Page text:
Gulf Shores Steamer
The day recovered nicely. Jim, Amy, and their two boys happened to be in Gulf Shores at the same time we were, so we met them for dinner at Gulf Shores Steamer, where nothing is fried. It’s their favorite place, but it was a new place for us, and it’s definitely in our regular rotation now. Here is the steamer plate for two:

That’s an imposing $35.95 pile of red royal shrimp, crab legs, oysters, mussels, new potatoes, and corn. Lea and I shared it, and it was outstanding.

Here is Amy with me after dinner:

I love Amy to bits, and cherish her friendship. We have huge circuits of similar wiring, to the point that she and I were slam-dunk boyfriend-girlfriend under different circumstances. As it happened, we met with each of us already happily married, which is the only way we could have possibly been friends forever. Had we met single, we’d have had an intense couple of months followed by a thoroughly caustic breakup. So God bless circumstance.

So we had some engaging beach times, great food, familiar friends in unfamiliar locales, and some societal (re-)education, and it’s all good, but I don’t think any of us will complain about hitting our own pillows tonight.

 Posted by at 6:24 am
Jul 262008

For some time now, in varying degrees of seriousness (but almost never completely lightheartedly), I have periodically heard things from male friends and acquaintances like “my wife’s just kind of bitchy a lot of the time now,” or, of course, “she’s just not that into sex.” To these troubled men, my first question is always the same.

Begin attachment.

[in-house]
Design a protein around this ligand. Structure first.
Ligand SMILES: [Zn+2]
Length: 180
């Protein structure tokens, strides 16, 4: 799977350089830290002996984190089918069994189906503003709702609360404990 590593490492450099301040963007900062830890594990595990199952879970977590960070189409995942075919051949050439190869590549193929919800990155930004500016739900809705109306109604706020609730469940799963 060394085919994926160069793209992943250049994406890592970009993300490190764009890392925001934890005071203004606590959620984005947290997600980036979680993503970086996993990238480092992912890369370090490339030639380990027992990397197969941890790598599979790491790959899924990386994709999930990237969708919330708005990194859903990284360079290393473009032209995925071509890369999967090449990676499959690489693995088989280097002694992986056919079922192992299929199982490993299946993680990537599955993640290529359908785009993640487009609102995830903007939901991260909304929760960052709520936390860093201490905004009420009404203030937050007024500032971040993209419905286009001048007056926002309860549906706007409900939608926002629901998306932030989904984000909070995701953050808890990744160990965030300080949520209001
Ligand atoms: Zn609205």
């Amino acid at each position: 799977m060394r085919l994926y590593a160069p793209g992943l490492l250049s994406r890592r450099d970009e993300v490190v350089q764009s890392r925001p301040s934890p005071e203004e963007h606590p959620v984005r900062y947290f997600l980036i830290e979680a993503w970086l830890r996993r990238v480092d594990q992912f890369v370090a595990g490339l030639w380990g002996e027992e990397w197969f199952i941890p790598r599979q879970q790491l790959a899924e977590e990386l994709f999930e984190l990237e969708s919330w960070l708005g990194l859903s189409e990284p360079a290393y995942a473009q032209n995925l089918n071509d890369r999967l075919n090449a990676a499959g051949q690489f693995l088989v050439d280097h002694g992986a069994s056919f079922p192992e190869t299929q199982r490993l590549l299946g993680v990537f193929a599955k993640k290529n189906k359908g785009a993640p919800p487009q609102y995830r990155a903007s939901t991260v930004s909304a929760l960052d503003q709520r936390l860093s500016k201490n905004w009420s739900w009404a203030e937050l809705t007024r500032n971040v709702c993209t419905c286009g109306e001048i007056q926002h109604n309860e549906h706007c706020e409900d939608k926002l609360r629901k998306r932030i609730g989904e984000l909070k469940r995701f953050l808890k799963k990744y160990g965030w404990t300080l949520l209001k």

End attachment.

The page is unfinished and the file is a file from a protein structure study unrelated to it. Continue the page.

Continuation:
“When was the last time you unloaded the dishwasher?”

Ah, look! Here is a handy study that validates the question nicely.

The study presents a few other tidbits, like men are only up to 30% of total housework, and women more often handle “emotional labor” like Christmas cards, and blah, blah, blah. Some of these may be interesting some of the time, but they’re all ancillary to the central point.

Men, I promise you: if you take a serious interest in keeping the house in shape, your wife is not going to keep a punch chart noting that you only did 29% this week and 35% the week before, or anything similar. She will simply be delighted that you are helping—really helping. Now if you truly want to try to carry half the weight, then obviously, so much the better. But I promise, she’ll take your sustained commitment, even if it’s less.

Let the mattress polo commence.

 Posted by at 2:41 pm
Jul 252008

What was your leisure time like at nine years old?  If you were born before 1975 or so, chances are excellent that it was nothing like a nine-year-old’s life today.  Ever thought about that?

Pretty much, I was turned loose on my bicycle during the summer and on weekends.  I had a lot of autonomy, but I had to check in periodically.  If I was at or near a friend’s house, this could be a telephone call.  If I was close to my house, it meant a drop-in visit.

In either case, if dinner wasn’t imminent, I almost always got an extension.  Essentially, we played all day unsupervised, up to a mile or so from my house.  The only thing I had to do was confirm my continued consciousness every two hours.